Trump's ex-chauffeur sues in New York for unpaid wages
SPENCER PLATT (GETTY IMAGES NORTH AMERICA/AFP)
US President Donald Trump's ex personal chauffeur on Monday sued the Trump Organization for years of unpaid overtime, claiming he was exploited and denied a meaningful raise in more than a decade.
Noel Cintron, who served as driver for Trump, his family and businesses for more than 25 years, was replaced by the Secret Service when his boss won the Republican nomination for president in 2016. He then joined the security staff.
The New York lawsuit, dated Monday, is seeking to recover more than 3,000 hours in overtime, penalties, damages and lawyers' fees for the "harm" Cintron suffered while on the Trump company payroll.
"In an utterly callous display of unwarranted privilege and entitlement and without even a minimal sense of noblesse oblige President Donald Trump has, through the defendant entities, exploited and denied significant wages to his own longstanding personal driver," the 14-page lawsuit states.
While Trump is "purportedly a billionaire, he has not given his personal driver a meaningful raise in over 12 years!" it alleged.
Cintron generally worked five days a week from 7:00 am to whenever he was no longer needed, on average 50-55 hours a week, according to the suit.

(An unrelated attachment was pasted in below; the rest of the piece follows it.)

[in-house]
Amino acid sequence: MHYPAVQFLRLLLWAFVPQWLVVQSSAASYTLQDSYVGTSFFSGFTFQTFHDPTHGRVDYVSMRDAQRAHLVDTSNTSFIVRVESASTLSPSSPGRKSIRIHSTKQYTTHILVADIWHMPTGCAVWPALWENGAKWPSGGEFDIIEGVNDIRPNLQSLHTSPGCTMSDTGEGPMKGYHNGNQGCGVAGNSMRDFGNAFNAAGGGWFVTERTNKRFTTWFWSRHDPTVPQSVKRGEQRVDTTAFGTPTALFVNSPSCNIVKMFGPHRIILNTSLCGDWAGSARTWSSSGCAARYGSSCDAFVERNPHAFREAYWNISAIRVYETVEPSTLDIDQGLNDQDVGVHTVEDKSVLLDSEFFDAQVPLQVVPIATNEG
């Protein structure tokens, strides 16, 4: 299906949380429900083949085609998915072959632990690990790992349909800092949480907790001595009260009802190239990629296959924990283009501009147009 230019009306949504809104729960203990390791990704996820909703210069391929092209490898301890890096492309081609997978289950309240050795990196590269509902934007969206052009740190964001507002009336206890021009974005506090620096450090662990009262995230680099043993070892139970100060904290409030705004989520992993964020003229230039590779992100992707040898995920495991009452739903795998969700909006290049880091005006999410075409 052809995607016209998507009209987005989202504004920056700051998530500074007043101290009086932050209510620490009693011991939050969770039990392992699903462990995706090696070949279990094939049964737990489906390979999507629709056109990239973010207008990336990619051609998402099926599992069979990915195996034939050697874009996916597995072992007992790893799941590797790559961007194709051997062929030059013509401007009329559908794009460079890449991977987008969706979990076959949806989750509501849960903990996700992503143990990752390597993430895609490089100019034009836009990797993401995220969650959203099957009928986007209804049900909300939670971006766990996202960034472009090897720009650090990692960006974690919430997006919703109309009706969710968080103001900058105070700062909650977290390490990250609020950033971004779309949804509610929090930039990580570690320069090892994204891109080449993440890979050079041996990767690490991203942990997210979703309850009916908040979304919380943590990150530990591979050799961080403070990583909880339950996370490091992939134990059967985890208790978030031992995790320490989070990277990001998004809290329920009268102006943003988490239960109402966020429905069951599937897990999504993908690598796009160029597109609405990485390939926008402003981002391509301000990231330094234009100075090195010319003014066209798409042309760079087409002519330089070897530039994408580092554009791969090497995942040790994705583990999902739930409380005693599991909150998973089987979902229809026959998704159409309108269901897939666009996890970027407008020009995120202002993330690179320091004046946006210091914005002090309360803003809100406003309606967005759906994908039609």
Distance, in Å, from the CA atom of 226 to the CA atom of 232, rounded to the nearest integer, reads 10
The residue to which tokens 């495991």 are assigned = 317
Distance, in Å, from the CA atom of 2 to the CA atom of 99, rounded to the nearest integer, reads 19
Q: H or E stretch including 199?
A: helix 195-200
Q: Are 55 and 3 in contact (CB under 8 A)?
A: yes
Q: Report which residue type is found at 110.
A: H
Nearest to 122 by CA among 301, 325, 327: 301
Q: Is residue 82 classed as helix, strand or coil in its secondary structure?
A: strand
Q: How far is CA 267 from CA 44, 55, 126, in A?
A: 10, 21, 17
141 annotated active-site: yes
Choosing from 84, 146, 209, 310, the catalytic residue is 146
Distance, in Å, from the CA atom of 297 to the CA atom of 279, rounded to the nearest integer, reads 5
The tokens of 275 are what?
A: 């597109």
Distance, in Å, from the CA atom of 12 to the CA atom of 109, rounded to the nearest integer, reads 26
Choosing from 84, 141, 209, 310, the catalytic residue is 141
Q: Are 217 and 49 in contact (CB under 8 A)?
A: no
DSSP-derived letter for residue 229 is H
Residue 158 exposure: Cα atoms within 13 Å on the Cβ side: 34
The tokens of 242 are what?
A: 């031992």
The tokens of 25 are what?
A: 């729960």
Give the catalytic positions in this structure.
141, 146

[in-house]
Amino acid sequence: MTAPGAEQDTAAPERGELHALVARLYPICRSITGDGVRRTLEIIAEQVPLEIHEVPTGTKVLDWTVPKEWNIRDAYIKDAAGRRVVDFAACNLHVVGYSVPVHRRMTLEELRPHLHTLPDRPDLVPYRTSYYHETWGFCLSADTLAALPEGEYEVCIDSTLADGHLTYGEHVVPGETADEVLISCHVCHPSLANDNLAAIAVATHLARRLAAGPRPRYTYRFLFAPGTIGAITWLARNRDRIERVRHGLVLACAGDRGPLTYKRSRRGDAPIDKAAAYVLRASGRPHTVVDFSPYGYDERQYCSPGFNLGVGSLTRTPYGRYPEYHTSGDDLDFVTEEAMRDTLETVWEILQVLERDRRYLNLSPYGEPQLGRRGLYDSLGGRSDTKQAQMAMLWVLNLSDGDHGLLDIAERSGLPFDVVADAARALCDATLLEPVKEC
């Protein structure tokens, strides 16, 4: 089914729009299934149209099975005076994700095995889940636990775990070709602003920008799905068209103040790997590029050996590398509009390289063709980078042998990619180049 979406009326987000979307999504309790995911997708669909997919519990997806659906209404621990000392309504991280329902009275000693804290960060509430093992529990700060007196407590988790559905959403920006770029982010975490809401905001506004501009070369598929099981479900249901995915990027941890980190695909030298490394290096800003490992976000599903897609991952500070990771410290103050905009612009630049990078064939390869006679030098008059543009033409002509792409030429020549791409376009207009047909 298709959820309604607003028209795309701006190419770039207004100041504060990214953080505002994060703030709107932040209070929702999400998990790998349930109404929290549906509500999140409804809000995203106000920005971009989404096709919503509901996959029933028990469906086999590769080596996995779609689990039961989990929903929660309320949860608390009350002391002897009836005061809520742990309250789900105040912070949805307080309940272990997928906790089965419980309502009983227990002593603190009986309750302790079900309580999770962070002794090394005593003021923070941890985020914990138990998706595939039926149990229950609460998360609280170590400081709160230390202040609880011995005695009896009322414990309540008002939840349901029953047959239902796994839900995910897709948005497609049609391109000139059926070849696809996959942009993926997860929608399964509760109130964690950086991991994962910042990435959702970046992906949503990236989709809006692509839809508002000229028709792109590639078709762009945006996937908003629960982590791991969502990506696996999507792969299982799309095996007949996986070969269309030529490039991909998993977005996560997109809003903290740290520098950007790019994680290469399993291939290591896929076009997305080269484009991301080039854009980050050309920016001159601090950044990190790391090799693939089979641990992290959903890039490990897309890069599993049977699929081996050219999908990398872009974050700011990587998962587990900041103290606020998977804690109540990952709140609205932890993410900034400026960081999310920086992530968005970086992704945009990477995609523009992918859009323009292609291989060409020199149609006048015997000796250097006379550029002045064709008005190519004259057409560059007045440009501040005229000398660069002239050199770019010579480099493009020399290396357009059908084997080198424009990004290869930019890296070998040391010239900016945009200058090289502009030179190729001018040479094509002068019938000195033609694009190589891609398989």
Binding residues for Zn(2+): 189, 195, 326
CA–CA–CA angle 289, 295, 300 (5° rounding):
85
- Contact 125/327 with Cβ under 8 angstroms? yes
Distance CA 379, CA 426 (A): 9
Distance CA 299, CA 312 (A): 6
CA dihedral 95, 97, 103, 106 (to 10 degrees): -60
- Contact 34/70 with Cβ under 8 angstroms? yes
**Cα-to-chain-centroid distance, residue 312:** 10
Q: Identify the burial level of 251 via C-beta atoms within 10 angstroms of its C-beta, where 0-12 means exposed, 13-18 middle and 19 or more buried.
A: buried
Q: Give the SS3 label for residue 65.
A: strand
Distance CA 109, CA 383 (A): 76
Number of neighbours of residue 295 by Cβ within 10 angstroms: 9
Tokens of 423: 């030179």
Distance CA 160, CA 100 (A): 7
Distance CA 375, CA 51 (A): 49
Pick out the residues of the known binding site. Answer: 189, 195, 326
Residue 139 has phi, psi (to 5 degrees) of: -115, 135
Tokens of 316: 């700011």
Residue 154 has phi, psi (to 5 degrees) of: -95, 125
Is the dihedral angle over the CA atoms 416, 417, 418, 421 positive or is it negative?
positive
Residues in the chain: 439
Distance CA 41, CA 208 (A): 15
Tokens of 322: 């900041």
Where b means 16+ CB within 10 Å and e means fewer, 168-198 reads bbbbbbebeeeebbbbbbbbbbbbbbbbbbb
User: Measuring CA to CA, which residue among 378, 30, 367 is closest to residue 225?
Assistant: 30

In December 2010, he was given a $7,000 raise to $75,000 a year, but only after losing his health benefits, saving his employer nearly $18,000 a year in insurance premiums, according to the lawsuit.
He never got another raise, and Trump failed to reimburse him for accrued vacation time and sick days, and work expenses, the complaint says.
Cintron, it says, was not paid overtime for more than 20 years, but under the statute of limitations can only claim six years' worth, which the lawsuit put at a total of 3,300 hours owed at "time and one-half."
The Trump Organization, which is being run by the president's adult sons Donald Jr. and Eric while their father is in office, did not immediately respond to an AFP request for comment.
The New York Daily News quoted one of Cintron's lawyers as saying with back wages, interest and legal fees, his client was owed about $350,000.
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